Archive for the ‘Uncategorized’ Category

Overcoming Your Fear of Asking for A Referral

As you consider implementing a referral program in order to improve your referral results, it’s important to first identify “what’s been getting in the way”. Is it because you don’t have a systematic process? Is it because you don’t make time for it in your client meetings? Is it because you are afraid that asking for a referral might affect your relationship with your client?

Before implementing a referral program for our clients, we assess people’s attitudes about referrals. We frequently discover mental barriers that must be overcome in order for the referral program to be successful. For example, if you feel that asking for referrals is “sleazy” or “puts your interest in front of the client’s”, you will feel uncomfortable. You will be tentative in executing the strategies and you will radiate your personal discomfort in a way that your client senses. This will impact your effectiveness and results. And if you don’t see quick success, you will likely give up and say, “This doesn’t work”.

It is important to listen carefully to your own thinking and be honest about your feelings. Record what you are saying to yourself and then challenge the “internal logic” that is holding you back. For example, if you feel that referrals are “thank you gifts” that the client gives in response to great service, you might feel that asking for a referral violates the spirit of that gift. Do you feel that asking for a referral equates to “begging” and diminishes your standing with your client?

If you don’t candidly address these fears and attitudes, your success with referrals will be stunted. These personal fears and attitudes about referrals will act as a glass ceiling that prevents you from raising performance.

To receive tips on overcoming these barriers, write to or visit

3 Steps to Control the Quality of Referral You Receive

To control the quality of referral you want your referral program to generate, you need to take the following steps:

Step One: define the type of referral you want your referral program to generate. What characteristics do you want to target? Do you want people in specific positions (e.g. business owner or director of marketing)? Is it people or companies at specific stages of their career or business life cycle such as someone approaching retirement or a business owner preparing to sell his or her company?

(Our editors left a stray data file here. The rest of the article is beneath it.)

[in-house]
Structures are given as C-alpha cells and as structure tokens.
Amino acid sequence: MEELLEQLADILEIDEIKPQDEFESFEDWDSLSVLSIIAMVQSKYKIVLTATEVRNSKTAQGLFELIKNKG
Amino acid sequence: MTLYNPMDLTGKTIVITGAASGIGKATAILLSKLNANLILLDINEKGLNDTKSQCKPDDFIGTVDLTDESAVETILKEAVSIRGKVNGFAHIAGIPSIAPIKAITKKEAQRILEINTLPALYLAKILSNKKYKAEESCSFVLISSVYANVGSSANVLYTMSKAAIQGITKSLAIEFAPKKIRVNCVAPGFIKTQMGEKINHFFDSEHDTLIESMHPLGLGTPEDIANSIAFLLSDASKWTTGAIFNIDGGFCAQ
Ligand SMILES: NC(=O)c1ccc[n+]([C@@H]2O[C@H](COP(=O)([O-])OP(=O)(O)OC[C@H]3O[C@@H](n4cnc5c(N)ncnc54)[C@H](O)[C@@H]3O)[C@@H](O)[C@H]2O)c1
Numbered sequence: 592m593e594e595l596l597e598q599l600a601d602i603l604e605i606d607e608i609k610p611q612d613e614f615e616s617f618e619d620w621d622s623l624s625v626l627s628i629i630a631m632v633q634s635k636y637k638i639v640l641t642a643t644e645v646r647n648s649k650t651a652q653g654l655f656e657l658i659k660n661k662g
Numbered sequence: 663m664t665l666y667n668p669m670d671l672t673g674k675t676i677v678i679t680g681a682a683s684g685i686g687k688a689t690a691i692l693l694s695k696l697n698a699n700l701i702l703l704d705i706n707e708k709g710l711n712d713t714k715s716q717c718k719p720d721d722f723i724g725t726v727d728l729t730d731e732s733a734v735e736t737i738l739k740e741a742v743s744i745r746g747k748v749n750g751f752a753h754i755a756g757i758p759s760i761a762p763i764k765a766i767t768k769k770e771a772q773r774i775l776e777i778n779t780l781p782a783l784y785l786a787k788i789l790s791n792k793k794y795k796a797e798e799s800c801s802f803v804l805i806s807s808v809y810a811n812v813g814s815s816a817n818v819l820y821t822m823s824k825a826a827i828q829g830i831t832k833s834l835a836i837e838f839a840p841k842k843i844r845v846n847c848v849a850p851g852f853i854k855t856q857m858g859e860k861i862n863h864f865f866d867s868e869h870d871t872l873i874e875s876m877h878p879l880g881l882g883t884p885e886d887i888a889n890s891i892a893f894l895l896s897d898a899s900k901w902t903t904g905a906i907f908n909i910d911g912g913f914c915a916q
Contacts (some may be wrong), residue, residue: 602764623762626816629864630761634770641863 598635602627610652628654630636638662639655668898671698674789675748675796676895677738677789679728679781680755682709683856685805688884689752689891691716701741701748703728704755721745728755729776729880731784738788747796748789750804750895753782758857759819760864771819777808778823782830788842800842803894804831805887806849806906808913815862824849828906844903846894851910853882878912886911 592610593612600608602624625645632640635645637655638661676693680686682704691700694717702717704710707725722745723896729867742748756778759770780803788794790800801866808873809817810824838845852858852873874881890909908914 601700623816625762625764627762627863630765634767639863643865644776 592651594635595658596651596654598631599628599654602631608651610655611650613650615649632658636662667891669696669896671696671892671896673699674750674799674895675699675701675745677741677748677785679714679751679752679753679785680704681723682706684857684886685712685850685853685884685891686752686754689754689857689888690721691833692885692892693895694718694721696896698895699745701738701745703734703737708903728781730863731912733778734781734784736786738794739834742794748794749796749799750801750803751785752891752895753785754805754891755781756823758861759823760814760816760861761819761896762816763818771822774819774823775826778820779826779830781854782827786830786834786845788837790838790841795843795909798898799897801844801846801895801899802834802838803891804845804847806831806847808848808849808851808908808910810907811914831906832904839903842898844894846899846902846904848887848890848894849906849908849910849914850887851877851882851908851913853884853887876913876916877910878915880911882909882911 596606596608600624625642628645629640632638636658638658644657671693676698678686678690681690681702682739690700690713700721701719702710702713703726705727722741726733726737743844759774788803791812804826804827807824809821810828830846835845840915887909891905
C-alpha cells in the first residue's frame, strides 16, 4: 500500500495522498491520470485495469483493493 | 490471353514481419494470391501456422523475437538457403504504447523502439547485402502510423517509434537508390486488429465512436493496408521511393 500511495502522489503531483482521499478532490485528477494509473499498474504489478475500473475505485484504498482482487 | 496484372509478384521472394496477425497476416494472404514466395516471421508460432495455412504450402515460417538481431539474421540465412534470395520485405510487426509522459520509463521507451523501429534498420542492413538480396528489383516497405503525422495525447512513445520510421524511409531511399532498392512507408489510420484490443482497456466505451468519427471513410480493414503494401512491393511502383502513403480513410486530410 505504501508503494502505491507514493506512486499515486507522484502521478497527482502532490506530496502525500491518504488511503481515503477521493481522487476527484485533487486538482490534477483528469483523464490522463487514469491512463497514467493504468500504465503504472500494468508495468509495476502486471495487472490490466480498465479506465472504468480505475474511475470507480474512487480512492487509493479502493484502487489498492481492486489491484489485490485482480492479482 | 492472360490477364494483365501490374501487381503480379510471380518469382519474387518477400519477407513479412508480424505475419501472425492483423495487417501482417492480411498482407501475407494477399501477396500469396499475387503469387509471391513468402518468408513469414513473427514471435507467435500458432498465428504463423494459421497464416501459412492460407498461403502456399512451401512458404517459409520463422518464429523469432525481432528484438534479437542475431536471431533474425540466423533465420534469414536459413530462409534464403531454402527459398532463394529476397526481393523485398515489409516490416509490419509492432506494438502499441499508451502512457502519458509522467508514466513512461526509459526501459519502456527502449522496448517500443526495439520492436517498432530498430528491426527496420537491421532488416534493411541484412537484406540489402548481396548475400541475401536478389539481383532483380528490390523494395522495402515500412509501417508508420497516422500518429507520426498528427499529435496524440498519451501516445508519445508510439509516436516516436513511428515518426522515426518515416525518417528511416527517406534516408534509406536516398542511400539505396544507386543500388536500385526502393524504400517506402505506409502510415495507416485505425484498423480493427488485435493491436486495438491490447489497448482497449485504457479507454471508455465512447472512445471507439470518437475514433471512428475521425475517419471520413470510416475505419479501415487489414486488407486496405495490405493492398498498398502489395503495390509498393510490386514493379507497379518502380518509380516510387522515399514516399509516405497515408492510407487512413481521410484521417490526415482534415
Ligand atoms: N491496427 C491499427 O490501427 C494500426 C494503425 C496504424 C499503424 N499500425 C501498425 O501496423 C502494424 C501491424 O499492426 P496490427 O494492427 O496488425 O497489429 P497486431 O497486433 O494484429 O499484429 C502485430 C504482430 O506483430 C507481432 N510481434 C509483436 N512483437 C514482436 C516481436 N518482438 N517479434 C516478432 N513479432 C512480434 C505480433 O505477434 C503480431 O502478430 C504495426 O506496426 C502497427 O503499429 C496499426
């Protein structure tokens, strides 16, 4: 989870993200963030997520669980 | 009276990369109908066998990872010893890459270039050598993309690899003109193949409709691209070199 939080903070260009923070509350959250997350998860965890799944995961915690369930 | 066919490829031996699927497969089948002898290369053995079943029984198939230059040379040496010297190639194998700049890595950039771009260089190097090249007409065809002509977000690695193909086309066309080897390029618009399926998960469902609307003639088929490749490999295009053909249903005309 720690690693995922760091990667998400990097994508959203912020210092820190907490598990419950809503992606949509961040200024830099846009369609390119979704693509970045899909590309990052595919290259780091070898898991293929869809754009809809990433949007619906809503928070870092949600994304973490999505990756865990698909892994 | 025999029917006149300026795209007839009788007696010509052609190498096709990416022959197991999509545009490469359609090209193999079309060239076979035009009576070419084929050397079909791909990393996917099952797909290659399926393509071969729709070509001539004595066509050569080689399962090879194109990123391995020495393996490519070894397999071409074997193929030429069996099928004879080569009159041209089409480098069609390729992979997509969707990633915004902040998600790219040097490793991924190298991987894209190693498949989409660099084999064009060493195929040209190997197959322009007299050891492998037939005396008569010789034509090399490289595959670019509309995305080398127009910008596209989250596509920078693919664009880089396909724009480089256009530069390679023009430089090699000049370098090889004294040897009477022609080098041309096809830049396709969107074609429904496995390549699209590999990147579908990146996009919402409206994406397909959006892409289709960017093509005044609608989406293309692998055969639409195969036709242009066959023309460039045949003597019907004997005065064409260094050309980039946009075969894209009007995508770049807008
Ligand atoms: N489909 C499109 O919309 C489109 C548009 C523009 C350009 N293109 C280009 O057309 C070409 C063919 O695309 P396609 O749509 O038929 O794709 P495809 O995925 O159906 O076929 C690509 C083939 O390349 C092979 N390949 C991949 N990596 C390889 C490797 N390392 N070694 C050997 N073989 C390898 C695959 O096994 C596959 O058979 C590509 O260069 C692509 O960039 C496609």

Step Two: Craft questions you can ask clients and centers of influence to help you identify people in their networks who meet these characteristics. If you are targeting business owners, then be attentive in your client conversations and listen for people who are business owners. When talking about a friend, ask about what the friend does professionally. A little bell should ring in your head when a client identifies someone who meets your target characteristics.

Step Three: As you engage in conversation about that person you can add, “Is that someone I should meet?” or “I was wondering if I might be helpful to them.” Now you are in position to learn more about them and assess how well they meet your target characteristics. If they do, then all that is left is to get agreement on a method of introduction.

To learn more about how to control the quality of referral your referral program generates, write to or visit

The First Step in Generating Referrals

Michael Brizz, CMC, CSP

Are you skipping the  vital first step in generating referrals?

Have you ever wondered why you are not getting your desired flow of quality referrals even though you provide high quality service?   If yes, then ask yourself, “How many referrals have you given out in the last few weeks?” If the answer is only a few, you are missing a vital step.   Giving a timely referral can create a special bond. The right kind of help at the right moment both strengthens your relationship with your client and earns the goodwill that generates a much stronger personal endorsement than quality service alone.

The power of one referral

Lois is a financial advisor based in Chicago.   While making her client contact calls, Lois saw in her notes that a client couple had their 40th wedding anniversary coming up.  When she asked the husband if they were planning anything special, he confided “I want to give her a yellow diamond!”   Picking up on his excitement, Lois took the time to ask a few questions. She learned the client felt his marriage was truly extraordinary and he wanted to make this anniversary absolutely unforgettable.